This was a single centre, single dose, parallel group, open label trial investigating the PK profile of liraglutide in four groups of six subjects stratified by hepatic function: one healthy group with normal function, and the others with mild, moderate and severe impairment, respectively. The trial was conducted according to guidelines for trials in subjects with impaired hepatic function [33, 34].
Inclusion criteria for subjects in the trial were men or women aged 18–75 years, with a body mass index (BMI) of 18.5–40.0 kg m−2. Subjects had either normal hepatic function or stable hepatic impairment classified according to the Child-Pugh scheme : five parameters are assessed and 1–3 points given for each one, as indicated in Table 1. Subjects are then classified with impairment of grade A (mild hepatic impairment, 5–6 points), B (moderate hepatic impairment, 7–9 points) or C (severe hepatic impairment, 10–15 points).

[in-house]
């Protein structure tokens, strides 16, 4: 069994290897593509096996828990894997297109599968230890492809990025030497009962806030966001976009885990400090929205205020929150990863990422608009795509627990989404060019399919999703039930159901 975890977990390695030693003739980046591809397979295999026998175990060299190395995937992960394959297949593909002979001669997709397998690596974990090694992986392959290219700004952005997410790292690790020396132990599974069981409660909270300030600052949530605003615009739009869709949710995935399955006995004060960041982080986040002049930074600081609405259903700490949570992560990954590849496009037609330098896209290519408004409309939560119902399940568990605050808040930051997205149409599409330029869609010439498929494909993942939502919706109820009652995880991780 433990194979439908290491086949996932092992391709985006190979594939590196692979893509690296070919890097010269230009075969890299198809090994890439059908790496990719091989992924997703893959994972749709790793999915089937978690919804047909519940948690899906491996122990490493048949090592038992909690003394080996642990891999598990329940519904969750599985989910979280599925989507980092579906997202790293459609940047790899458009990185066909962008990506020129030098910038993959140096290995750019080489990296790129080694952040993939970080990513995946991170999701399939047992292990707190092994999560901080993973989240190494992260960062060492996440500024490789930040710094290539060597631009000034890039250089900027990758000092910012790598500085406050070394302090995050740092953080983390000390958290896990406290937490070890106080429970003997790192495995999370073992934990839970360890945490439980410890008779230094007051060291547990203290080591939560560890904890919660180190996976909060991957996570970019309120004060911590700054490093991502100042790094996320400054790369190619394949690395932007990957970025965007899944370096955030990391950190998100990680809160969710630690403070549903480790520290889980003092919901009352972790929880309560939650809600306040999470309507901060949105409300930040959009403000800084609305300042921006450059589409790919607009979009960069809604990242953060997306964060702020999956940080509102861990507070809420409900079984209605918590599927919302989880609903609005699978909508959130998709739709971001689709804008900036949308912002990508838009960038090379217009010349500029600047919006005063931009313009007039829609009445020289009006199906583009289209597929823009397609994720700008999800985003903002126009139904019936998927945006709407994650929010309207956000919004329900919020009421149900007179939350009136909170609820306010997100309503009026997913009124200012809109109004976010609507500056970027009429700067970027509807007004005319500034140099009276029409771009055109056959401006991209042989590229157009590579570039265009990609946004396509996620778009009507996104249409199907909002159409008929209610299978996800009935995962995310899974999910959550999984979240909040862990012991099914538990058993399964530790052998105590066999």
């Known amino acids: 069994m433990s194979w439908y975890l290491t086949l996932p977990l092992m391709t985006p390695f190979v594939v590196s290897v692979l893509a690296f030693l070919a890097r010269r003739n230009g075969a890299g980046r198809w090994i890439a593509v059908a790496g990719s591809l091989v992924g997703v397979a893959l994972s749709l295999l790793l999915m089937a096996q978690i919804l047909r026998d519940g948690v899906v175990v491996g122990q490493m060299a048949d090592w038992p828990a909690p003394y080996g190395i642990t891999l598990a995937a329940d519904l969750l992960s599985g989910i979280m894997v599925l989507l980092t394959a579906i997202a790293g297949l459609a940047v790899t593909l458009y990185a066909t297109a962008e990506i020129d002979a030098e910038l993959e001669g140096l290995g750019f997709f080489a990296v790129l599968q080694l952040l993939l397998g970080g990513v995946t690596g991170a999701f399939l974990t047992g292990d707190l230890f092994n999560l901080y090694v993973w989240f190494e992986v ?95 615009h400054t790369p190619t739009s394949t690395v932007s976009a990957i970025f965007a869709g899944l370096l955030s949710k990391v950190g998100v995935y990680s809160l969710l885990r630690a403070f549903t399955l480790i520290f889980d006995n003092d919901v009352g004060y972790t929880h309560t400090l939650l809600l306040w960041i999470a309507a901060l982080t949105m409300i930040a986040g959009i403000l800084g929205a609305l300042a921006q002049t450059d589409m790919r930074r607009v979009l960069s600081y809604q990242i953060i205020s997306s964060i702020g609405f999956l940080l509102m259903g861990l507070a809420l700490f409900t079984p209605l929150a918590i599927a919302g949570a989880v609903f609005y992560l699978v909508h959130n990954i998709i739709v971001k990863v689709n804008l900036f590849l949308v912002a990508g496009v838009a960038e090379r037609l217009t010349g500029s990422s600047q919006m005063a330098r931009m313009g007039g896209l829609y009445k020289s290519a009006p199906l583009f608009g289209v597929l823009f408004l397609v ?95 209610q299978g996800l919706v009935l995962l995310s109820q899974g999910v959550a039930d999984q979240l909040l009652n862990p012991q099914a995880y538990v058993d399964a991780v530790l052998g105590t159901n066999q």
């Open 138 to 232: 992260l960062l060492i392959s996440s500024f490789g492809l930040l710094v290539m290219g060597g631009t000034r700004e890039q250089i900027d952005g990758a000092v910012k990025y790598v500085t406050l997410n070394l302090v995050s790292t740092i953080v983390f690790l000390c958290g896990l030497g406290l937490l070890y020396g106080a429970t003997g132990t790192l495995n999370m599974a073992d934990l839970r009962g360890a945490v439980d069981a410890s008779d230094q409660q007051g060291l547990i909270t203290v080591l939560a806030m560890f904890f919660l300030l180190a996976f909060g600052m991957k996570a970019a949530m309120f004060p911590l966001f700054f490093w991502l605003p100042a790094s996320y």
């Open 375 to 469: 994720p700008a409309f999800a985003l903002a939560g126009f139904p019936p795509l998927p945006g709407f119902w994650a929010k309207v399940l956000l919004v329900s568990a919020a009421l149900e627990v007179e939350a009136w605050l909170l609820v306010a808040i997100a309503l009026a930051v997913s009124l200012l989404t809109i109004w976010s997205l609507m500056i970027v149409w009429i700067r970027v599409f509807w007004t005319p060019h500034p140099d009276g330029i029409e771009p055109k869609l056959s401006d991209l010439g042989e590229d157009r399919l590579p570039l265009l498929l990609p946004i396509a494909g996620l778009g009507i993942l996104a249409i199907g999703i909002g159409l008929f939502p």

Exclusion criteria included liver transplanted subjects or signs of acute hepatic insufficiency, HIV-positive antibody status, major cardiac morbidity or hypertension, any clinically significant disease (other than conditions associated with hepatic impairment) that could interfere with the results of the trial and impaired renal function (serum creatinine ≥130 µmol l−1). Medications that were considered as possibly able to interfere with the trial results were not allowed and included some antidiabetic drugs (tolbutamide, glipizide), H2-receptor antagonist, cardiac glycosides, cimetidine, digoxin and non-steroidal anti-inflammatory drugs. Furthermore, the use of any medicine that the investigator considered could interfere with the trial results was also disallowed.
All subjects gave their written consent prior to any trial-related procedures. The study was conducted in accordance with the Declaration of Helsinki and Good Clinical Practice. The study protocol and informed consent information were approved by the Bioethics Committee of the Medical Academy in Warsaw, Poland.